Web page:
Finding fallow fields, I realize, is as much a commitment and a practice over time to maintaining conscious leadership.  Our brains recalibrate to lead more sustainably.   And somewhere along the way, we have a little fun.

To develop your practice of recalibration over the year or find out more about how to create one, join us this fall at NHBSR’s Conscious Business Leadership Program.

Conscious Leadership: It’s about Sustaining People, Planet and Profit

Throughout the year New Hampshire Businesses for Social Responsibility collects "Just One Thing" stories of sustainability initiatives from across the state, in the areas of community, environment and workplace. These leading efforts are then showcased as part of NHBSR's Sustainability Slam in the fall. Last year Genuine Local won NHBSR's 2018 Sustainability Slam for its invaluable contributions to New Hampshire communities.


(Photo Credits: Genuine Local)

Mary Macdonald, Co-owner and Co-founder of Genuine Local in Meredith, NH, candidly describes the company as a "hobby gone wrong." What started in 2006 as a family-based barbeque competition team quickly took on a life of its own. Mary and her husband Gavin were soon venturing into catering and then began selling their popular barbeque sauces. To meet increasing demand, the Macdonalds turned to a kitchen in Keene to commercially 0-1_0.jpegproduce and sell their sauces. In August 2015, however, the Macdonalds were given five-weeks' notice that the kitchen was going to close. So, in October of that year, they leased an empty warehouse and started building their own kitchen, which they opened just a few months later. This space became home to Genuine Local, NH's only specialty food production accelerator.

As a food production accelerator, Genuine Local provides access to the space, equipment, labeling, packaging, production assistance, and business development services to help small food businesses grow. In fact, with the vast array of services and equipment Genuine Local offers, anyone can come to their makerspace with a food product they want to create and sell or even just ingredients to turn into a marketable product. Genuine Local's central tenant is that making and selling good, clean food should be easy and accessible to anyone. By aggregating purchases, printing labels in-house and packaging products, and advising businesses on everything from recipe development to effective pricing to food processing regulations, Genuine Local makes producing small batch specialty foods a viable option for local businesses.

Genuine Local's winning Just One Thing story at NHBSR's Sustainability Slam centered on the company's Value Added Program. This program 0.pngunderwrites 5% of the cost for local farmers to use Genuine Local's facility and services. These farmers have crop surpluses that, without the facilities and knowledge Genuine Local provides, might otherwise go to the landfill. By partnering with Genuine Local, these farmers are able to not only divert food waste form the landfill, but to also extend the lifespan of their crops into preserved or frozen foods, adding another source of diversified income. Last year over 20 farms were involved in the Value Added Program and as of this past fall Genuine Local processed over 15 ton of fruits and vegetables. "We believe in paying it forward," Mary states, "In our name, Genuine speaks to authenticity, the natural and the clean, while Local reflects our desire to support local businesses and have an impact on our community."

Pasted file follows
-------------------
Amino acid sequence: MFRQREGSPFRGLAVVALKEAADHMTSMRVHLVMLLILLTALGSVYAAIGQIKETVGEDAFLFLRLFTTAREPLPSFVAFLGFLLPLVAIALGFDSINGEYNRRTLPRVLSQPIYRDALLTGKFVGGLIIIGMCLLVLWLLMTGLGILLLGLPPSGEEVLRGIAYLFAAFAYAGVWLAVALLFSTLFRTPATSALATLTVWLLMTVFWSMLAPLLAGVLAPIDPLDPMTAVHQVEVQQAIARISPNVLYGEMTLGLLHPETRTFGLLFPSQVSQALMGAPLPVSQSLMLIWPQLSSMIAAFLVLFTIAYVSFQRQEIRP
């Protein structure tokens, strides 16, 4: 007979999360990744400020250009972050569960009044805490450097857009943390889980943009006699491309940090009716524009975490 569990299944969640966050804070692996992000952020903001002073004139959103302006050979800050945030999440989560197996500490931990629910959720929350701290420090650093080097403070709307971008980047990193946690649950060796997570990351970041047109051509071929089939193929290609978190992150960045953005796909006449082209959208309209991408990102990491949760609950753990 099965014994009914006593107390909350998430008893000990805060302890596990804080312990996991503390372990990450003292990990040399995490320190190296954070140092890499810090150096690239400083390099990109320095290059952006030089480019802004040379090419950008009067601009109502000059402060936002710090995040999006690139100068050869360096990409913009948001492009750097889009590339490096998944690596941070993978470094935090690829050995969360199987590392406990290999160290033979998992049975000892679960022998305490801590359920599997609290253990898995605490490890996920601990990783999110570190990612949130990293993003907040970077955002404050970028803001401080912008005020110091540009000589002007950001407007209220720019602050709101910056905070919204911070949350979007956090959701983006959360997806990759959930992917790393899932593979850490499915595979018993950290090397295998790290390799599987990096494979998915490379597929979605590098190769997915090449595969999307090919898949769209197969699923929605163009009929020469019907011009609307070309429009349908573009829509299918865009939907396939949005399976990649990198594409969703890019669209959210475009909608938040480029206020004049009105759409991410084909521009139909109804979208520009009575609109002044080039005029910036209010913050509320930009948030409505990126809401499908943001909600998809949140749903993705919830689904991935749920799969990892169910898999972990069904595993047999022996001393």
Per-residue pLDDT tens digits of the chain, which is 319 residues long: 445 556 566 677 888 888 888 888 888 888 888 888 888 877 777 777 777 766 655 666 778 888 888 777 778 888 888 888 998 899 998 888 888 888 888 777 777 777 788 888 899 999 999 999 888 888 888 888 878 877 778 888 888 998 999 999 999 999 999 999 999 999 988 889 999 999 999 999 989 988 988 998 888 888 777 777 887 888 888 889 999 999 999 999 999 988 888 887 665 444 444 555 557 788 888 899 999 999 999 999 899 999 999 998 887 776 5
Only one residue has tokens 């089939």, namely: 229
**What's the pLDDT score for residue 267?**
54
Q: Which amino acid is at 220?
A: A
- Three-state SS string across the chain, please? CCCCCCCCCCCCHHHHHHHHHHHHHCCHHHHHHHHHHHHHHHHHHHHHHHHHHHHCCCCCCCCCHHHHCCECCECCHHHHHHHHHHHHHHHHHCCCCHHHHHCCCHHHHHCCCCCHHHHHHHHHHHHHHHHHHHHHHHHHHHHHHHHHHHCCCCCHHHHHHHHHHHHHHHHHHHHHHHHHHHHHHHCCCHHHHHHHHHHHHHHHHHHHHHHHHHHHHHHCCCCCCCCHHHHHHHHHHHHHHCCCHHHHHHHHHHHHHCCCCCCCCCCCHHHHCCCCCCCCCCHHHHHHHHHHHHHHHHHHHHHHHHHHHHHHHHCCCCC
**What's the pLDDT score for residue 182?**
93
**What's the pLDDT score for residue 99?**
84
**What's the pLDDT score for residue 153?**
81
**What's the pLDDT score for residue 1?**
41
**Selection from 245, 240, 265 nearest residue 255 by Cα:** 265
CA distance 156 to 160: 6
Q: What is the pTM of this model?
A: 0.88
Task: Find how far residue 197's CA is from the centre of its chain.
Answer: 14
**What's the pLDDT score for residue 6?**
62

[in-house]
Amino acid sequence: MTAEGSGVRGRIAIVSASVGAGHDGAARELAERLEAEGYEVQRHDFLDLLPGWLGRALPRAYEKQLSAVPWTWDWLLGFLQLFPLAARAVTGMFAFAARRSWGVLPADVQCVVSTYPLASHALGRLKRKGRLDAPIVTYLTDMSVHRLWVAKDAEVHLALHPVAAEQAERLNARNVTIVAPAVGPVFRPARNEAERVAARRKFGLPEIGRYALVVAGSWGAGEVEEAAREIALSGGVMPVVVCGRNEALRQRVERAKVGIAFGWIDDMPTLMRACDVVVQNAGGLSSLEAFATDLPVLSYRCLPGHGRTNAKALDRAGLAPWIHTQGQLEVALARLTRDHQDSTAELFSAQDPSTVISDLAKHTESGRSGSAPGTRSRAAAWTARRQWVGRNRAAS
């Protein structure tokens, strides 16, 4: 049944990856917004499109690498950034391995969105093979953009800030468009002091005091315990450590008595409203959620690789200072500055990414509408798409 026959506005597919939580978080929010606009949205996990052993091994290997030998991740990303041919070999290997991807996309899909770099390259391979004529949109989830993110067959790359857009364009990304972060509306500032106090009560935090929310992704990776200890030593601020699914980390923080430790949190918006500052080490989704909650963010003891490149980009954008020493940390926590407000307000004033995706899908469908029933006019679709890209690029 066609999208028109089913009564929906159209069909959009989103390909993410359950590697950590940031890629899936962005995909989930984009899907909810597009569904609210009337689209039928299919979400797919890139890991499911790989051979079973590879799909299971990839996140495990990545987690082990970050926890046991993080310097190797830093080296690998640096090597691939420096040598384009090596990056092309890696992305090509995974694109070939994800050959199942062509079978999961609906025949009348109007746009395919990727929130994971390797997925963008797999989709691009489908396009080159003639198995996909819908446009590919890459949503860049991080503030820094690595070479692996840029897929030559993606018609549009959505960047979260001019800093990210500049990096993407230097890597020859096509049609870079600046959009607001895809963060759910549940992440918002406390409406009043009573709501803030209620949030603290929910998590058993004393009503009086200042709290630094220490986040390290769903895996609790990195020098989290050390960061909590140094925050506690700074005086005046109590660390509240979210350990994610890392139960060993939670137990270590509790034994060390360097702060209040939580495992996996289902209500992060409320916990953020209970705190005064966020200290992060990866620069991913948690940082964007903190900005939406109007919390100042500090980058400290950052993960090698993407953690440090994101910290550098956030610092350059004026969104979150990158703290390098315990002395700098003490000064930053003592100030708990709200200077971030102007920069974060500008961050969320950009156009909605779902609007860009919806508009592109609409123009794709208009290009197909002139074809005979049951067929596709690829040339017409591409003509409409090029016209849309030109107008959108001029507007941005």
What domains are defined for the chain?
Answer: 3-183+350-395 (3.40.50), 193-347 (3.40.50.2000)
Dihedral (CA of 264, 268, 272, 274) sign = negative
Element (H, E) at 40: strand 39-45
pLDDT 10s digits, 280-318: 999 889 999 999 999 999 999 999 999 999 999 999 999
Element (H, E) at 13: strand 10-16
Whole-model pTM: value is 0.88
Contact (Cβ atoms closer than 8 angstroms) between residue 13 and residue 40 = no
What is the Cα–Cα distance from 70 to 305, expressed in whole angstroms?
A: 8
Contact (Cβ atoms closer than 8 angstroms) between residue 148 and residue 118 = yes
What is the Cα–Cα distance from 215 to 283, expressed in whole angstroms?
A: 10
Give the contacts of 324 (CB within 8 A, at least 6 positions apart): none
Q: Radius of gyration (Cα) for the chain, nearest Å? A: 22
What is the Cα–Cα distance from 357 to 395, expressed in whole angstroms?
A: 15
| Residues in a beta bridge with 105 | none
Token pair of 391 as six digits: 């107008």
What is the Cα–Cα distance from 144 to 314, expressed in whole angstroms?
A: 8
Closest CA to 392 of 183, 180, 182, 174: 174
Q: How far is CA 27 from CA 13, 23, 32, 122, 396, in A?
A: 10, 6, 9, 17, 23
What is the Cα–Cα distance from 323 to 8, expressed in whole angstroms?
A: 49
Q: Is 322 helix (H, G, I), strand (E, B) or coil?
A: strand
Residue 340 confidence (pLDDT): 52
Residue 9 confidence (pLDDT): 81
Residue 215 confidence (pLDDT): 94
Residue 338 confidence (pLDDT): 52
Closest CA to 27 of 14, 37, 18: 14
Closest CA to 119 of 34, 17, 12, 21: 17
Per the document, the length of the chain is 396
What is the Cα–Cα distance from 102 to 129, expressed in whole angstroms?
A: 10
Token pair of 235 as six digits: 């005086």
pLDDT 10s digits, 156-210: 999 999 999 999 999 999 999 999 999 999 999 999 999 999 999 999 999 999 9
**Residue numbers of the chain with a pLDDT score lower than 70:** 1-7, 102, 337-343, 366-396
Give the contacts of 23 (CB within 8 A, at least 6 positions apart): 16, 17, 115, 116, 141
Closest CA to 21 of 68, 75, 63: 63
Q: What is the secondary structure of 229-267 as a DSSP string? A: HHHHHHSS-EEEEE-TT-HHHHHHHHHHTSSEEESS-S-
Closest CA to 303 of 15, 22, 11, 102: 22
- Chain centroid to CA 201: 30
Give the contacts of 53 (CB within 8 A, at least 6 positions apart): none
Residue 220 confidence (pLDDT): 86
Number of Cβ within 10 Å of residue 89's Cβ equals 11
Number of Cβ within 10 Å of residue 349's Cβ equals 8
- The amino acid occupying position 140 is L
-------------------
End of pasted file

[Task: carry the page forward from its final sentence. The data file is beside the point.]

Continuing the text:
At NHBSR's Sustainably Slam, you can learn more about Genuine Local's Value Added Program and other inspiring sustainability initiatives throughout the state. "I would describe the Slam as a very dynamic glimpse into the good unknown." Mary enthuses, "It's all good. So many people are doing so many things that nobody knows about. It runs the gamut in terms of so many different stories and presentations, that it's hard to even begin to categorize!"


Connect with Mary at our Sustainability Slam on Nov 7 at Labelle Winery in Amherst, NH! Any company or nonprofit in New Hampshire is welcomed to attend the Sustainability Slam and submit a Just One Thing story at Top submissions will be featured in the NH Business Review and presented at the Slam. This year's Sustainability Slam presenting sponsor is Velcro.

**Stories submitted by August 21 get entered into a drawing for free Sustainability Slam tickets and those submitted by August 14 get entered in twice!


Watch Genuine Local's winning Just One Thing story video here.


Submit your Just One Thing story here.

But that’s not the case for so many individuals and families in New Hampshire

By Ryan Hvizda, Co-Founder and Owner of The Hvizda Team at Keller Williams Metro

ryan-hvizda.jpgIn the past decade, New Hampshire’s population growth has outpaced our housing growth and the effects are being felt across all sectors of the economy and our communities. Almost daily in my work as a real estate professional, I connect with people that are in the process of transitioning between housing and I experience the same conversation over and over. The lack of housing causes home prices to soar and puts more pressure on an already competitive rental market. Our statewide vacancy rate is 2% and even lower in the metro areas in southern NH. This is one of the major issues for young people looking to settle down in the Granite State. They simply can’t afford to!